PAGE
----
Over time, the goal would be to see modest and incremental shifts in behavior, focus, attention and communication.  Parents might also notice a greater sense of everyday health—fewer stomach aches, allergies, and colds, better sleep and a calmer nervous system, to name just a few potential signs of progress. 

****

As the incidence rates for ASD have increased, there do seem to be far more resources available for parents to get support.  From online communities to medical and therapy specialists, parents are no longer alone in their search for help.  Yet, despite the complex nature of ASD, sometimes it is best to focus on what’s right in front of you—a child with allergies, a child with indigestion, or a child who catches colds easily.  Starting with those basic complaints, offering the child greater daily health and ease in their body, might enable us to get to the next layer linking their immune challenges to their neurological growth and development and, ultimately, their autism. 

I am happy to help.

 

References

  1. Prevalence of Autism Spectrum Disorders—Autism and Developmental Disabilities Monitoring Network, 14 Sites, United States, 2008, Surveillance Summaries, March 30, 2012 / 61(SS03); 1-19.  http://www.cdc.gov/mmwr/preview/mmwrhtml/ss6103a1.htm?s_cid=ss6103a1_w
  2. Ibid., Autism and Developmental Disabilities Monitoring Network.
  3. Diagnostic and Statistical Manual of Mental Disorders (4th ed., text rev.). Washington, D.C.: American Psychiatric Association. 2000.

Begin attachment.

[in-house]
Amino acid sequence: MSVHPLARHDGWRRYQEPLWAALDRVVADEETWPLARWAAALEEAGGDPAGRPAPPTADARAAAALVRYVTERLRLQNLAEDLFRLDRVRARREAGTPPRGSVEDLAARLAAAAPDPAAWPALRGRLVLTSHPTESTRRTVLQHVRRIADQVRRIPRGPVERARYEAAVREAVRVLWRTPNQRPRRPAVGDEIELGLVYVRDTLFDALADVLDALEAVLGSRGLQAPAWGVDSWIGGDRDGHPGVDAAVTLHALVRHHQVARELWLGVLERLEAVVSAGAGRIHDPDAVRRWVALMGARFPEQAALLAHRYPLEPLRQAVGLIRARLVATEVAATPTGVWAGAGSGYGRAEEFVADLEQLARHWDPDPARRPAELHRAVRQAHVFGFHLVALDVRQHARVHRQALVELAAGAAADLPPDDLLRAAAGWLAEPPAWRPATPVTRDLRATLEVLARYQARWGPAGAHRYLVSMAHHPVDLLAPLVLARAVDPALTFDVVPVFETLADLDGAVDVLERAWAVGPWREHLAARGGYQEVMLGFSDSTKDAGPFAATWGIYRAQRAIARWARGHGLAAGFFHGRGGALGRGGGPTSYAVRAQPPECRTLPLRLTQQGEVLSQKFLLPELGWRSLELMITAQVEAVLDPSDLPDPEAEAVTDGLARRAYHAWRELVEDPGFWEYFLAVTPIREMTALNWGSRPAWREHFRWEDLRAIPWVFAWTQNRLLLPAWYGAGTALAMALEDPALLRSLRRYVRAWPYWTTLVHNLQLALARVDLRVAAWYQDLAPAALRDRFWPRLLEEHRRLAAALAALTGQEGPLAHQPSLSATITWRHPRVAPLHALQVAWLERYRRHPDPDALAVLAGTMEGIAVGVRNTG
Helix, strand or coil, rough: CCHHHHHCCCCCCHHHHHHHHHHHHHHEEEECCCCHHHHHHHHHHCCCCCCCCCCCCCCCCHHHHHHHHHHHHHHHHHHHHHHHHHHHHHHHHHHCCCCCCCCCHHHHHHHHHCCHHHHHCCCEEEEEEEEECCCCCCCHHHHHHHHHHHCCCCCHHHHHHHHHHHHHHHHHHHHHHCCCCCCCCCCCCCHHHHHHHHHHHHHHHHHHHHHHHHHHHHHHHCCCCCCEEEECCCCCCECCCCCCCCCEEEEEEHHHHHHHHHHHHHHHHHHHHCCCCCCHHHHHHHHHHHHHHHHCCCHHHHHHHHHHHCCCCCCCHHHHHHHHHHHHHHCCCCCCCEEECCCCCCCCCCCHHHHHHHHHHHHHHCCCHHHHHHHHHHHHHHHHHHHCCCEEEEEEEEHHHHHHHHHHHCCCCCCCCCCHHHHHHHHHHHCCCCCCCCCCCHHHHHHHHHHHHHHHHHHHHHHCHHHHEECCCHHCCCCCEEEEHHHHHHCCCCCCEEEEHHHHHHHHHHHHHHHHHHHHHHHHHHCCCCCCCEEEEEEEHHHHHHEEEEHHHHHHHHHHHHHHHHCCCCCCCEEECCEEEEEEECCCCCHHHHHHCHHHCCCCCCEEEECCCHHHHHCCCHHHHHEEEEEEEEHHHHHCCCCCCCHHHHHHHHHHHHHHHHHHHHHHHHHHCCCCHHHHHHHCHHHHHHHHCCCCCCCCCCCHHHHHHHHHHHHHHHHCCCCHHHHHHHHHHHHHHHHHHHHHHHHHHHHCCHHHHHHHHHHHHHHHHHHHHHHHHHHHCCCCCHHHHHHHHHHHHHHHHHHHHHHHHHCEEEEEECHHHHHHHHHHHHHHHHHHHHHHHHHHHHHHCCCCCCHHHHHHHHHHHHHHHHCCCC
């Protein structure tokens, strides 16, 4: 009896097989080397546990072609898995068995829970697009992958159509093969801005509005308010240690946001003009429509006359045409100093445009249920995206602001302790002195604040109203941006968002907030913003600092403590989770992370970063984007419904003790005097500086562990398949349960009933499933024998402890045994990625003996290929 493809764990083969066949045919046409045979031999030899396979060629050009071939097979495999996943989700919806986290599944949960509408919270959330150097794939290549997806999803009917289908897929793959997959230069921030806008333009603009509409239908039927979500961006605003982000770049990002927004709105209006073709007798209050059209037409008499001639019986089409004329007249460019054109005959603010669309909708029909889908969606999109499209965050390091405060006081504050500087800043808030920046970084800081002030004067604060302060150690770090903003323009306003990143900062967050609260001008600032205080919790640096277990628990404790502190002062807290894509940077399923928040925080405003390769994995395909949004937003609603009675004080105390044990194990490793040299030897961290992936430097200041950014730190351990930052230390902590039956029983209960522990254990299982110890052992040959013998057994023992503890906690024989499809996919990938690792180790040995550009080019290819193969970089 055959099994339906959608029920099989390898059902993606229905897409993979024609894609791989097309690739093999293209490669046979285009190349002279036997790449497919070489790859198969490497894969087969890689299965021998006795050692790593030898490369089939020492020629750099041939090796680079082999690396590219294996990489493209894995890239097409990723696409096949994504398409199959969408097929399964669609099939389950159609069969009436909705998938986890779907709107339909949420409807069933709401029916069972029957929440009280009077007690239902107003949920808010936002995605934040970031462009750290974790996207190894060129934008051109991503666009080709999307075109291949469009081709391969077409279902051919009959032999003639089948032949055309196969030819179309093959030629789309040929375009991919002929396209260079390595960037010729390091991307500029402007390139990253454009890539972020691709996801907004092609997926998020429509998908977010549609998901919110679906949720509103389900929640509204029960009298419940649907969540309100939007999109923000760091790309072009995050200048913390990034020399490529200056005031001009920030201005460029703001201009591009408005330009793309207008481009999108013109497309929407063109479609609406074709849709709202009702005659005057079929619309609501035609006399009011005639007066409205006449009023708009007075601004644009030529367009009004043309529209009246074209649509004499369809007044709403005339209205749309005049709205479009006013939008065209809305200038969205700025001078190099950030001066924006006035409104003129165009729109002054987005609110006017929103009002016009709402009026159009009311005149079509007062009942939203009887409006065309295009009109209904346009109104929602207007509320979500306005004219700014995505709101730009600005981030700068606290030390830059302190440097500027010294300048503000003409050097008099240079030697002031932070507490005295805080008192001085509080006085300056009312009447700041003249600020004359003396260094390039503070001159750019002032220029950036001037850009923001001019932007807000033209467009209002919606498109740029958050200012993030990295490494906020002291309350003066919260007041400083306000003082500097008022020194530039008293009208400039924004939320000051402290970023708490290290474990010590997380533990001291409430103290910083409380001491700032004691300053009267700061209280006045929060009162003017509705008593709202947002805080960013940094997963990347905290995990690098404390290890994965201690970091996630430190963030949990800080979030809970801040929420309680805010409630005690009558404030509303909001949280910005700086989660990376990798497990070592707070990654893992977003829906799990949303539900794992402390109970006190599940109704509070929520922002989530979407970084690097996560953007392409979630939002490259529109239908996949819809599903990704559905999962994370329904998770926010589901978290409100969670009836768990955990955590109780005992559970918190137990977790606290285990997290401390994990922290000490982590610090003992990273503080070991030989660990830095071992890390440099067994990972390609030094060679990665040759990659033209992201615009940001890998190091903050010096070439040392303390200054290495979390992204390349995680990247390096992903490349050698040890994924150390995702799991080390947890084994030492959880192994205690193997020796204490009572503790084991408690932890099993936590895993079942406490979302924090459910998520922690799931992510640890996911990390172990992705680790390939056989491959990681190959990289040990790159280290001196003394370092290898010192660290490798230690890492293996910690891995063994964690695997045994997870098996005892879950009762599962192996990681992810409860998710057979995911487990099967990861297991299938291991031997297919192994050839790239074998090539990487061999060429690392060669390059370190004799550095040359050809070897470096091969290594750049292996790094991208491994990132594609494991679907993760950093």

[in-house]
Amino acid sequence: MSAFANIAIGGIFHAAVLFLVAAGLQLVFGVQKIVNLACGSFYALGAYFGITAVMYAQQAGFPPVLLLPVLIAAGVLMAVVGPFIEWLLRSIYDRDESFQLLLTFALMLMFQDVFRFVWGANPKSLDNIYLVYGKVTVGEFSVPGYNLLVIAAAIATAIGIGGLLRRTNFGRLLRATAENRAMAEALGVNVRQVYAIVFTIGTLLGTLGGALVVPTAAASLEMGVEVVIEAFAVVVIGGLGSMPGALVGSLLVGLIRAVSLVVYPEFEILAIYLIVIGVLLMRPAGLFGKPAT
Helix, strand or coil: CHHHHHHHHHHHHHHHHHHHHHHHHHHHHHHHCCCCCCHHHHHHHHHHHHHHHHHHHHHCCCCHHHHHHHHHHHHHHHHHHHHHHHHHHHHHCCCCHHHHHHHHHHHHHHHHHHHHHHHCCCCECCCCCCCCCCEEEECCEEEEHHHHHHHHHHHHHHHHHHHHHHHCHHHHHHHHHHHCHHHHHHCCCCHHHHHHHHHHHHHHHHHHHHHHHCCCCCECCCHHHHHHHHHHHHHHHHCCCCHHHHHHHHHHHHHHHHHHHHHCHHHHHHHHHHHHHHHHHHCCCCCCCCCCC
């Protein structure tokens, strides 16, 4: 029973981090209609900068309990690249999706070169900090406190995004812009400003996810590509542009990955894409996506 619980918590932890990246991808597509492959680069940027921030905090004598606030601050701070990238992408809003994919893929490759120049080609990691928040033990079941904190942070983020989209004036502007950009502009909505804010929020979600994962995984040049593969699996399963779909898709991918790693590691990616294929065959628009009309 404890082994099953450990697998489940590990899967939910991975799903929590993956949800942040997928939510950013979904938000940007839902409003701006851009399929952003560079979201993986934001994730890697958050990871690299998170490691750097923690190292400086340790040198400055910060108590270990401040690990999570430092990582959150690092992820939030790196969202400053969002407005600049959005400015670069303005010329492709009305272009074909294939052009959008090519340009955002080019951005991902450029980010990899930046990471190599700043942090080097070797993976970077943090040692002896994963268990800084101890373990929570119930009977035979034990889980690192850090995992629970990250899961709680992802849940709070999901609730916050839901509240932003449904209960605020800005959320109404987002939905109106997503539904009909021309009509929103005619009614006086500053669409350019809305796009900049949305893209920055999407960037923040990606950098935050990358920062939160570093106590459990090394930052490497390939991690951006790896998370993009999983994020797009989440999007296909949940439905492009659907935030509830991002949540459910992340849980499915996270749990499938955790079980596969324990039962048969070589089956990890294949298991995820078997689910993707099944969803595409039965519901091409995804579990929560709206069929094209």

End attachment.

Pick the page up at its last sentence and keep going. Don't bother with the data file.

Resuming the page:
4. Dev Neurobiol. 2012 Oct;72(10):1327-34. doi: 10.1002/dneu.22052. Epub 2012 Sep 4. Maternal and fetal antibrain antibodies in development and disease.  Fox E, Amaral D, Van de Water J. Department of Internal Medicine, University of California, Davis, Davis, California 95616, USA. 
  5. Am J Physiol. 1990 Apr;258(4 Pt 2):R939-45. Maternal-fetal distribution of mercury (203Hg) released from dental amalgam fillings.  Vimy MJ, Takahashi Y, Lorscheider FL. Department of Medicine, Faculty of Medicine, University of Calgary, Alberta, Canada.
  6. Int Rev Neurobiol. 2005;71:317-41. Immunological findings in autism. Cohly HH, Panja A. Department of Biology, Jackson State University, Mississippi 39217, USA.
  7. Med Hypotheses. 2011 Dec;77(6):977-81. doi: 10.1016/j.mehy.2011.08.024. Epub 2011 Sep 7. Mycobacterium paratuberculosis and autism: is this a trigger? Dow CT. UW Eye Research Institute, 445 Henry Mall #307, Madison, WI 53706, United States. ctdow@me.com
  8. Ibid., Cohly HH, Panja A.
  9. Panminerva Med 1995 Sep;37(3):137-41 Food allergy and infantile autism.  Lucarelli S, Frediani T, Zingoni AM, Ferruzzi F, Giardini O, Quintieri F, Barbato M, D'Eufemia P, Cardi E. Department of Paediatrics, University of Rome La Sapienza, Italy.